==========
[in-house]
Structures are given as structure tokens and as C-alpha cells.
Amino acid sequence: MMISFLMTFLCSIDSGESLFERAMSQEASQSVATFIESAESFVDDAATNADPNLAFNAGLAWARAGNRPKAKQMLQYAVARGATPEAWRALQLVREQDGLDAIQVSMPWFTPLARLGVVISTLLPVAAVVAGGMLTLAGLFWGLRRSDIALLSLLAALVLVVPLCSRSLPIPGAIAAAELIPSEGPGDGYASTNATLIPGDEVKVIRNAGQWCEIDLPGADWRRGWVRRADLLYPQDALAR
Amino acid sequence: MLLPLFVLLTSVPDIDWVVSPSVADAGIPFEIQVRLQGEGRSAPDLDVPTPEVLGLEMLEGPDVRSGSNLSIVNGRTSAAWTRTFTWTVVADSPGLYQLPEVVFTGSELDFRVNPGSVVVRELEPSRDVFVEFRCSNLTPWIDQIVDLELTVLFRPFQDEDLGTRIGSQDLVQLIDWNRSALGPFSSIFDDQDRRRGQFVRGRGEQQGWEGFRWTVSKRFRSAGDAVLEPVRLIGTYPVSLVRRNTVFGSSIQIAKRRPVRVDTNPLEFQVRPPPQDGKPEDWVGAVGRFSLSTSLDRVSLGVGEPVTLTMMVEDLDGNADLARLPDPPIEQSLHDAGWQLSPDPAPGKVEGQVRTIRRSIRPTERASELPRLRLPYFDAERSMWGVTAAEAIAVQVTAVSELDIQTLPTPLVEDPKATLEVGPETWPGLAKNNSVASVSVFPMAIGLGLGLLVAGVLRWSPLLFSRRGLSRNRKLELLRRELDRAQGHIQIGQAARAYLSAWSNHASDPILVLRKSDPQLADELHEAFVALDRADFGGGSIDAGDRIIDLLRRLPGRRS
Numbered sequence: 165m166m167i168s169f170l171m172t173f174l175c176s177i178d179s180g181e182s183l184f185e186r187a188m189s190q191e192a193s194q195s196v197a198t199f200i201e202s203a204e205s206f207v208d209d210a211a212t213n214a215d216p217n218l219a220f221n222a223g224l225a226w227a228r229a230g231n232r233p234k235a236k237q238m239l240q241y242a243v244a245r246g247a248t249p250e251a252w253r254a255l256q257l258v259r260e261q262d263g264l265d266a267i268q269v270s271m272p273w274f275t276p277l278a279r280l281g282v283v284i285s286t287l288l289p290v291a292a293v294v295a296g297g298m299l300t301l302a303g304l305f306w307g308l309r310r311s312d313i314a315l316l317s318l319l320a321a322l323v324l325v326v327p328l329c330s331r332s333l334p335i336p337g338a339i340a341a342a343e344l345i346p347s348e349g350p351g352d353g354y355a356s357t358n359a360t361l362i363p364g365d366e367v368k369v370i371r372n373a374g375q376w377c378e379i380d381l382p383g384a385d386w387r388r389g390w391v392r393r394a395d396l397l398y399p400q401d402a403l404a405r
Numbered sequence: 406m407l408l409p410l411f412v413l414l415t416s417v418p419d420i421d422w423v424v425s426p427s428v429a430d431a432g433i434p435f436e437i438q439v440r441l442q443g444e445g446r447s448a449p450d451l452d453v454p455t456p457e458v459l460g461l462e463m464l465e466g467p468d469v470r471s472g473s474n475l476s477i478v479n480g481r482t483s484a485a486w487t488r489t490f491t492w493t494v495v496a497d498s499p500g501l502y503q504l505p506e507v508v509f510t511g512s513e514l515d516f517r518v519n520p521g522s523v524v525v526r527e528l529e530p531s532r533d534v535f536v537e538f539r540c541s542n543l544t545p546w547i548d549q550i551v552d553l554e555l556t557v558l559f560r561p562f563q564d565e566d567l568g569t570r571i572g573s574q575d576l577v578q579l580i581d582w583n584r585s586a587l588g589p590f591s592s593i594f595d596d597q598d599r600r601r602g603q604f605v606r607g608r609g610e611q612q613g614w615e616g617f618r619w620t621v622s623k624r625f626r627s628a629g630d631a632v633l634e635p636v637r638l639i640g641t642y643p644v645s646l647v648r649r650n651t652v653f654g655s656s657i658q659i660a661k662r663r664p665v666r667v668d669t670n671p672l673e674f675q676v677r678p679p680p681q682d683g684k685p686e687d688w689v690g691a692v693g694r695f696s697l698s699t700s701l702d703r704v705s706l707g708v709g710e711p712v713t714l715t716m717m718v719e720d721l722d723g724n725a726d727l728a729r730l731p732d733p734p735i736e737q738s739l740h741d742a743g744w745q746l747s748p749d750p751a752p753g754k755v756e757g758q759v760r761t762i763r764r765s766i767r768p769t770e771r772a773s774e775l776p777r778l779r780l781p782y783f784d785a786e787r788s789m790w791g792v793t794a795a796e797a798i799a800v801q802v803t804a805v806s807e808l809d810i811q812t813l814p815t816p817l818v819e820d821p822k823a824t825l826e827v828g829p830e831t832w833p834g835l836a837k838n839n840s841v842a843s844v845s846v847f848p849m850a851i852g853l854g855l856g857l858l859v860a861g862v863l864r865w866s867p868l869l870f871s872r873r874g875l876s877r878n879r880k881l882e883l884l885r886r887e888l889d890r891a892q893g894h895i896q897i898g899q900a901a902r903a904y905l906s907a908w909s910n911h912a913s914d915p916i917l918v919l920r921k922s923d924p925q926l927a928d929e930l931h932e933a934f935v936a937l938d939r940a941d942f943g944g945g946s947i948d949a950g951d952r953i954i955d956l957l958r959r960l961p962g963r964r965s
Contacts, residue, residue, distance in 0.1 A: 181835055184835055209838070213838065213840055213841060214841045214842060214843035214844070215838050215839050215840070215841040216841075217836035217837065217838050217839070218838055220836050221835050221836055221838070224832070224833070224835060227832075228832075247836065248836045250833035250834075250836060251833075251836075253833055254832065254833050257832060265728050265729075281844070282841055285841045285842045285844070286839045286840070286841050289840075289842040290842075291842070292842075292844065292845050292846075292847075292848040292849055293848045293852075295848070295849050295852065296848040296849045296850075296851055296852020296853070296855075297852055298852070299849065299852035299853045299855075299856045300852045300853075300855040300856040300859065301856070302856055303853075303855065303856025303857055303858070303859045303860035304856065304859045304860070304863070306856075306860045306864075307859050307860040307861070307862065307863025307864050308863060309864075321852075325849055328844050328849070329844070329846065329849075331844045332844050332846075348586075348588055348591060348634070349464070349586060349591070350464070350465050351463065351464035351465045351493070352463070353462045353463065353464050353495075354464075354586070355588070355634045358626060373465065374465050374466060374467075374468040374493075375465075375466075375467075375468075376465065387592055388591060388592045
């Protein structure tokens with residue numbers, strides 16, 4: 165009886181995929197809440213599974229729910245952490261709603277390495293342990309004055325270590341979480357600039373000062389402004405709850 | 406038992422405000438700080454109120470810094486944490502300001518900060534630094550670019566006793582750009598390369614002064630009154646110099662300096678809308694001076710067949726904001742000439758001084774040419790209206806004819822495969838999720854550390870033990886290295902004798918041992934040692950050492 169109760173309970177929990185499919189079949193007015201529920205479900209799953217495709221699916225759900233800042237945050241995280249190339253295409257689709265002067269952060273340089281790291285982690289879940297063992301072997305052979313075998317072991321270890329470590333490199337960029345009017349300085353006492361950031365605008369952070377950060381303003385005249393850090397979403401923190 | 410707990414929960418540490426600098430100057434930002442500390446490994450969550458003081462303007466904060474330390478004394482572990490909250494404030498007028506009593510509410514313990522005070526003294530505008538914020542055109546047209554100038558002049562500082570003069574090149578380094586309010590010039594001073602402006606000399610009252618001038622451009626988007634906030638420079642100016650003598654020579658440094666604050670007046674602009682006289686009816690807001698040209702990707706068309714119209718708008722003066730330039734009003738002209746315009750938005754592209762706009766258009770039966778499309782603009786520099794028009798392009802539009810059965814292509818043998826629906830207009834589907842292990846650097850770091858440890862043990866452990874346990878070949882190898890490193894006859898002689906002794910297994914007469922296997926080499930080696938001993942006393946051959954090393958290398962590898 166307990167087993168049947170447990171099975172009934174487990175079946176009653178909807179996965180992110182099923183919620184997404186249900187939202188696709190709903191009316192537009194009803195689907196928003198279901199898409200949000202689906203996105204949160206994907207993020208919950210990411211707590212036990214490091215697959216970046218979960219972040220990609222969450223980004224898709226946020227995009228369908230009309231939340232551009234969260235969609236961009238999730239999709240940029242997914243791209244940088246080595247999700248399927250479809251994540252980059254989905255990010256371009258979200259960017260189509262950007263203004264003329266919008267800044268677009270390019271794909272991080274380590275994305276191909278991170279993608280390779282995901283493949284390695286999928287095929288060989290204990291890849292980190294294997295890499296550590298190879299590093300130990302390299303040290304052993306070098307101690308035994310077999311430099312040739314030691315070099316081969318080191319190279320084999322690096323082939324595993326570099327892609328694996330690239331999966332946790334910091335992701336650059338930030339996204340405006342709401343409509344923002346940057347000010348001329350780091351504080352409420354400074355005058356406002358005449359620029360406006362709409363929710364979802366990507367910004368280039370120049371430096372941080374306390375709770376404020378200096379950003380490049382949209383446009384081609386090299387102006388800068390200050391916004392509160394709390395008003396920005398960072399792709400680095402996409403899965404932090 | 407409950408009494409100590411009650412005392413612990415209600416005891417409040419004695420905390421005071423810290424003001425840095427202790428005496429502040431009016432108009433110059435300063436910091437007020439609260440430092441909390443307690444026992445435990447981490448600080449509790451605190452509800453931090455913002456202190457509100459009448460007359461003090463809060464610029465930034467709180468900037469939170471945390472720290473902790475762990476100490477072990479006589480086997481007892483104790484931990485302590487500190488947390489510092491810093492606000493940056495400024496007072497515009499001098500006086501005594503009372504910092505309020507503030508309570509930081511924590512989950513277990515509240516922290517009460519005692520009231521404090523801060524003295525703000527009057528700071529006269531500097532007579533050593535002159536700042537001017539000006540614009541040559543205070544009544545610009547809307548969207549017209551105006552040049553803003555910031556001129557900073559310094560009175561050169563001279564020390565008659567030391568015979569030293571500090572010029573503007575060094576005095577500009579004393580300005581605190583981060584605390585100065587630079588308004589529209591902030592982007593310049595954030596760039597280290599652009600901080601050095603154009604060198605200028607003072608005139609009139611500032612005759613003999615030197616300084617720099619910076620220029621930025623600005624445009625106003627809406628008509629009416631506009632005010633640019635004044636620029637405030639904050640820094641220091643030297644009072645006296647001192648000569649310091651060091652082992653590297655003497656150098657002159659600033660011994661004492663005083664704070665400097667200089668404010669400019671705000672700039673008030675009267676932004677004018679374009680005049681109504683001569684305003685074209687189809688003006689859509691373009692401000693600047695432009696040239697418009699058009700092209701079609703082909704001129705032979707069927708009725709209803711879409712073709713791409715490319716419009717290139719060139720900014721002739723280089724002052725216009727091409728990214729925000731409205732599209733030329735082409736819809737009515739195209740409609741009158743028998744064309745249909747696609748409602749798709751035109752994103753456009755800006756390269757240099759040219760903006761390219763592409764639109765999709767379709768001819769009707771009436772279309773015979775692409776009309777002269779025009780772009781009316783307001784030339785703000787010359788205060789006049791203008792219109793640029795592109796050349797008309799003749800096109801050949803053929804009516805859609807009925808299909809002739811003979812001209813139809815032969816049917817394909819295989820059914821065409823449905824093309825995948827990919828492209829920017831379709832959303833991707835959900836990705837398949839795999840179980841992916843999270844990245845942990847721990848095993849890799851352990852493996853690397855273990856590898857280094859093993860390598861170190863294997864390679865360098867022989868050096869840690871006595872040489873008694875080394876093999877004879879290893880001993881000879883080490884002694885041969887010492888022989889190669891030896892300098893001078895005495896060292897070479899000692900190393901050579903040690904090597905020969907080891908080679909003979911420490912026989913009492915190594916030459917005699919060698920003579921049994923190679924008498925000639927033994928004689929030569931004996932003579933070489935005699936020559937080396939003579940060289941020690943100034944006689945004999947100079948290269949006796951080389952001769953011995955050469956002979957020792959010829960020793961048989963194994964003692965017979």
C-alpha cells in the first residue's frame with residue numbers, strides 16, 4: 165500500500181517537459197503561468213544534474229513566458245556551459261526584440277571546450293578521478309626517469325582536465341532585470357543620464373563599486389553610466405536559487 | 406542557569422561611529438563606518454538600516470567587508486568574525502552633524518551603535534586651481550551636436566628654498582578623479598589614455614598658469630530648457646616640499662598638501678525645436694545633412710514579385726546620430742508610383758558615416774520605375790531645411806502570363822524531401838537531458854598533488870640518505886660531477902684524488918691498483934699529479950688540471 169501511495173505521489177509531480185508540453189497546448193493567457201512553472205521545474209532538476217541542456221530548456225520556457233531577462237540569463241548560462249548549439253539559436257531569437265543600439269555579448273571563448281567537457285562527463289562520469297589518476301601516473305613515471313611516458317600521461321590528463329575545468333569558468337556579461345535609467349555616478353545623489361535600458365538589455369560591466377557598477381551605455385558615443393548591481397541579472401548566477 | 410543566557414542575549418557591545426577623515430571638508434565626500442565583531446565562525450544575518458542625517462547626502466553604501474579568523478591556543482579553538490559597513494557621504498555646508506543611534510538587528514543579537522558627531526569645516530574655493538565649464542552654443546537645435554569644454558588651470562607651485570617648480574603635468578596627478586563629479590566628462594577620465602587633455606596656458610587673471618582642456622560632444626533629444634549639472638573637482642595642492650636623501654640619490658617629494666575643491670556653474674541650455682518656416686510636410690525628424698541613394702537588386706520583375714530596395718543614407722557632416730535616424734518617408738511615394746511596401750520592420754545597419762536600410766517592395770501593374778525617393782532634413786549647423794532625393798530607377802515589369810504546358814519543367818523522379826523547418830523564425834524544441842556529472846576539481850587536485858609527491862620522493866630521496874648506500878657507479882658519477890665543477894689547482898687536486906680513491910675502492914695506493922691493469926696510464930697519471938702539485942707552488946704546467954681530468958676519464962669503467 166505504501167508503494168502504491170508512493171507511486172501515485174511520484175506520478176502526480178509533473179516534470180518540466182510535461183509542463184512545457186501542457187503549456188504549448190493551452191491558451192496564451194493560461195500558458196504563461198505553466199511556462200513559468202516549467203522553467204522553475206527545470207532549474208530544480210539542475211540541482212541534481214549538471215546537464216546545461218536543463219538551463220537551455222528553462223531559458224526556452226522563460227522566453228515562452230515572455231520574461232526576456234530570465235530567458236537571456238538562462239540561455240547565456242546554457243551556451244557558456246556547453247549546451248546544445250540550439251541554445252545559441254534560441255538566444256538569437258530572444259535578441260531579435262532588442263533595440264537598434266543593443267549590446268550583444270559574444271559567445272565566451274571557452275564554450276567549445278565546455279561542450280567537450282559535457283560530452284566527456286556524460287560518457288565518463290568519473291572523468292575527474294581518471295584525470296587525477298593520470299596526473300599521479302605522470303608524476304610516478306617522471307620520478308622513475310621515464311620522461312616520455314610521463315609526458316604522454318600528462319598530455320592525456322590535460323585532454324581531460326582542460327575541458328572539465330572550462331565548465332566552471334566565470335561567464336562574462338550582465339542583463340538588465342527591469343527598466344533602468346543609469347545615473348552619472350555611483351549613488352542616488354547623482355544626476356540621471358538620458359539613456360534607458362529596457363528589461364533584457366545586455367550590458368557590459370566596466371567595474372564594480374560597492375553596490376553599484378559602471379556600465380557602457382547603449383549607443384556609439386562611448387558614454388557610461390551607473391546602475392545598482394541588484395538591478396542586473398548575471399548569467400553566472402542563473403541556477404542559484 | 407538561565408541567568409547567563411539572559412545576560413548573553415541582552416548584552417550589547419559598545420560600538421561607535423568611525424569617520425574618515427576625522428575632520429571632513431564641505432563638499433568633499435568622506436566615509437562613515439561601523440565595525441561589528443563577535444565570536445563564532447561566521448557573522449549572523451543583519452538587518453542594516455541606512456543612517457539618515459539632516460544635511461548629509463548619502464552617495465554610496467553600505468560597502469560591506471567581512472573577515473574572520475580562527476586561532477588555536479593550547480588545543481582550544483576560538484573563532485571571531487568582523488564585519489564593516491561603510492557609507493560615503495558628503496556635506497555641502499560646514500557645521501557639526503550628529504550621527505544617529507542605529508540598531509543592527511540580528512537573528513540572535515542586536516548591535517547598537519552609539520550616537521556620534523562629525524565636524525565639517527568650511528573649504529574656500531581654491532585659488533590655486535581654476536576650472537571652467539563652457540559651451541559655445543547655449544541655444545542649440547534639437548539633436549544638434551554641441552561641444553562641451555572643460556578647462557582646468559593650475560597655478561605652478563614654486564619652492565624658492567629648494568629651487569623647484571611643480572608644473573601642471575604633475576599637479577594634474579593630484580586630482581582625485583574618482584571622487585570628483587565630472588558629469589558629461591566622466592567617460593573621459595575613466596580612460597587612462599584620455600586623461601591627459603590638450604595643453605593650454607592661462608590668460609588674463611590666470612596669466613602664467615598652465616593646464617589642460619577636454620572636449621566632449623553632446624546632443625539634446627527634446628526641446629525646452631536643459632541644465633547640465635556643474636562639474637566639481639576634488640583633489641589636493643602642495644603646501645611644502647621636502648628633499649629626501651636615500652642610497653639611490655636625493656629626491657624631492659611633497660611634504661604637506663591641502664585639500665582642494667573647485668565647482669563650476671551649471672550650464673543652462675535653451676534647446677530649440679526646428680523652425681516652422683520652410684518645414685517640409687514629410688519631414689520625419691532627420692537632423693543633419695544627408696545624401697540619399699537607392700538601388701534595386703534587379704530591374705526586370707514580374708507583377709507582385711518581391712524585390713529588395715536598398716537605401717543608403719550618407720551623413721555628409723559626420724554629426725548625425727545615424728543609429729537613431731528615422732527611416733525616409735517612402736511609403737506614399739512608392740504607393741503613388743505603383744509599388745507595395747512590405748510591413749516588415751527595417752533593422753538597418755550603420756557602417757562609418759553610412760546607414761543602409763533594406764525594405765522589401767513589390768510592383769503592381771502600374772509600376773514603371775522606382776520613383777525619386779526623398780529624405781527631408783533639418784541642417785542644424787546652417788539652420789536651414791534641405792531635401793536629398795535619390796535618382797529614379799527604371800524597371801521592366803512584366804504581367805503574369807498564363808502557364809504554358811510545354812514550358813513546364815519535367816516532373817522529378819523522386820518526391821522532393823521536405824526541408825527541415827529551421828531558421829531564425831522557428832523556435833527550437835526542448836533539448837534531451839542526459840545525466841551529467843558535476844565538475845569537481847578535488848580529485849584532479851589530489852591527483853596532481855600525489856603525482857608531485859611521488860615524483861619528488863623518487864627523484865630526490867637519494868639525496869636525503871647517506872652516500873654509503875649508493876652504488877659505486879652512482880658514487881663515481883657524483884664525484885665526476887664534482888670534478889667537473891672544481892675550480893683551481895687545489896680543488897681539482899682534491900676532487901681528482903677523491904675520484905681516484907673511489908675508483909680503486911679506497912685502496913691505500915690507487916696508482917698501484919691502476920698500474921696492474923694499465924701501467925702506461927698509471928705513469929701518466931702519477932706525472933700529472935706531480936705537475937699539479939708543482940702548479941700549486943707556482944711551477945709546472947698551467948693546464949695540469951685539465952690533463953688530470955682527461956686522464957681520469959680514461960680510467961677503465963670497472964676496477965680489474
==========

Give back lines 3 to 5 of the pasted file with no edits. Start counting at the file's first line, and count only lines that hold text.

Amino acid sequence: MMISFLMTFLCSIDSGESLFERAMSQEASQSVATFIESAESFVDDAATNADPNLAFNAGLAWARAGNRPKAKQMLQYAVARGATPEAWRALQLVREQDGLDAIQVSMPWFTPLARLGVVISTLLPVAAVVAGGMLTLAGLFWGLRRSDIALLSLLAALVLVVPLCSRSLPIPGAIAAAELIPSEGPGDGYASTNATLIPGDEVKVIRNAGQWCEIDLPGADWRRGWVRRADLLYPQDALAR
Amino acid sequence: MLLPLFVLLTSVPDIDWVVSPSVADAGIPFEIQVRLQGEGRSAPDLDVPTPEVLGLEMLEGPDVRSGSNLSIVNGRTSAAWTRTFTWTVVADSPGLYQLPEVVFTGSELDFRVNPGSVVVRELEPSRDVFVEFRCSNLTPWIDQIVDLELTVLFRPFQDEDLGTRIGSQDLVQLIDWNRSALGPFSSIFDDQDRRRGQFVRGRGEQQGWEGFRWTVSKRFRSAGDAVLEPVRLIGTYPVSLVRRNTVFGSSIQIAKRRPVRVDTNPLEFQVRPPPQDGKPEDWVGAVGRFSLSTSLDRVSLGVGEPVTLTMMVEDLDGNADLARLPDPPIEQSLHDAGWQLSPDPAPGKVEGQVRTIRRSIRPTERASELPRLRLPYFDAERSMWGVTAAEAIAVQVTAVSELDIQTLPTPLVEDPKATLEVGPETWPGLAKNNSVASVSVFPMAIGLGLGLLVAGVLRWSPLLFSRRGLSRNRKLELLRRELDRAQGHIQIGQAARAYLSAWSNHASDPILVLRKSDPQLADELHEAFVALDRADFGGGSIDAGDRIIDLLRRLPGRRS
Numbered sequence: 165m166m167i168s169f170l171m172t173f174l175c176s177i178d179s180g181e182s183l184f185e186r187a188m189s190q191e192a193s194q195s196v197a198t199f200i201e202s203a204e205s206f207v208d209d210a211a212t213n214a215d216p217n218l219a220f221n222a223g224l225a226w227a228r229a230g231n232r233p234k235a236k237q238m239l240q241y242a243v244a245r246g247a248t249p250e251a252w253r254a255l256q257l258v259r260e261q262d263g264l265d266a267i268q269v270s271m272p273w274f275t276p277l278a279r280l281g282v283v284i285s286t287l288l289p290v291a292a293v294v295a296g297g298m299l300t301l302a303g304l305f306w307g308l309r310r311s312d313i314a315l316l317s318l319l320a321a322l323v324l325v326v327p328l329c330s331r332s333l334p335i336p337g338a339i340a341a342a343e344l345i346p347s348e349g350p351g352d353g354y355a356s357t358n359a360t361l362i363p364g365d366e367v368k369v370i371r372n373a374g375q376w377c378e379i380d381l382p383g384a385d386w387r388r389g390w391v392r393r394a395d396l397l398y399p400q401d402a403l404a405r